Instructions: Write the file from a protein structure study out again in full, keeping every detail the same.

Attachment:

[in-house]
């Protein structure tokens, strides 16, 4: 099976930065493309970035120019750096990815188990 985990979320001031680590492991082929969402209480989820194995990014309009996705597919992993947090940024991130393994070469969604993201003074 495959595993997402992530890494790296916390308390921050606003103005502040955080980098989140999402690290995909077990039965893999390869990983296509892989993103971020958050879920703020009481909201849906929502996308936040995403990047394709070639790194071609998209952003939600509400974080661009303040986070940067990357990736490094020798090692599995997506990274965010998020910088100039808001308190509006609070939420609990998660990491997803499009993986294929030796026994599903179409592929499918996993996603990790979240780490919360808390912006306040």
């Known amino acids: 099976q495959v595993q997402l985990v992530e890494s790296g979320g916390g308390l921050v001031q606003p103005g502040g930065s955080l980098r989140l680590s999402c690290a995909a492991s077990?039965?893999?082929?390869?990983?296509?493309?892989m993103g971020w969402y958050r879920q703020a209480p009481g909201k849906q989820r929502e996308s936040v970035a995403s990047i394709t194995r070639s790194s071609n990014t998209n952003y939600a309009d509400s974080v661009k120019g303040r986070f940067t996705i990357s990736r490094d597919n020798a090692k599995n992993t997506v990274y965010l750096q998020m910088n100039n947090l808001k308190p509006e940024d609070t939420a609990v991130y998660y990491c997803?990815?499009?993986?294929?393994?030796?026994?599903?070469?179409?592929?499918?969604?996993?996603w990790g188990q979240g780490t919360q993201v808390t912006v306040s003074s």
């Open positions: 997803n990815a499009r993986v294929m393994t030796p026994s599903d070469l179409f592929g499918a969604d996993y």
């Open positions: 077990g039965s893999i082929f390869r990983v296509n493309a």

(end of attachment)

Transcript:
[in-house]
């Protein structure tokens, strides 16, 4: 099976930065493309970035120019750096990815188990 985990979320001031680590492991082929969402209480989820194995990014309009996705597919992993947090940024991130393994070469969604993201003074 495959595993997402992530890494790296916390308390921050606003103005502040955080980098989140999402690290995909077990039965893999390869990983296509892989993103971020958050879920703020009481909201849906929502996308936040995403990047394709070639790194071609998209952003939600509400974080661009303040986070940067990357990736490094020798090692599995997506990274965010998020910088100039808001308190509006609070939420609990998660990491997803499009993986294929030796026994599903179409592929499918996993996603990790979240780490919360808390912006306040």
């Known amino acids: 099976q495959v595993q997402l985990v992530e890494s790296g979320g916390g308390l921050v001031q606003p103005g502040g930065s955080l980098r989140l680590s999402c690290a995909a492991s077990?039965?893999?082929?390869?990983?296509?493309?892989m993103g971020w969402y958050r879920q703020a209480p009481g909201k849906q989820r929502e996308s936040v970035a995403s990047i394709t194995r070639s790194s071609n990014t998209n952003y939600a309009d509400s974080v661009k120019g303040r986070f940067t996705i990357s990736r490094d597919n020798a090692k599995n992993t997506v990274y965010l750096q998020m910088n100039n947090l808001k308190p509006e940024d609070t939420a609990v991130y998660y990491c997803?990815?499009?993986?294929?393994?030796?026994?599903?070469?179409?592929?499918?969604?996993?996603w990790g188990q979240g780490t919360q993201v808390t912006v306040s003074s």
């Open positions: 997803n990815a499009r993986v294929m393994t030796p026994s599903d070469l179409f592929g499918a969604d996993y």
């Open positions: 077990g039965s893999i082929f390869r990983v296509n493309a």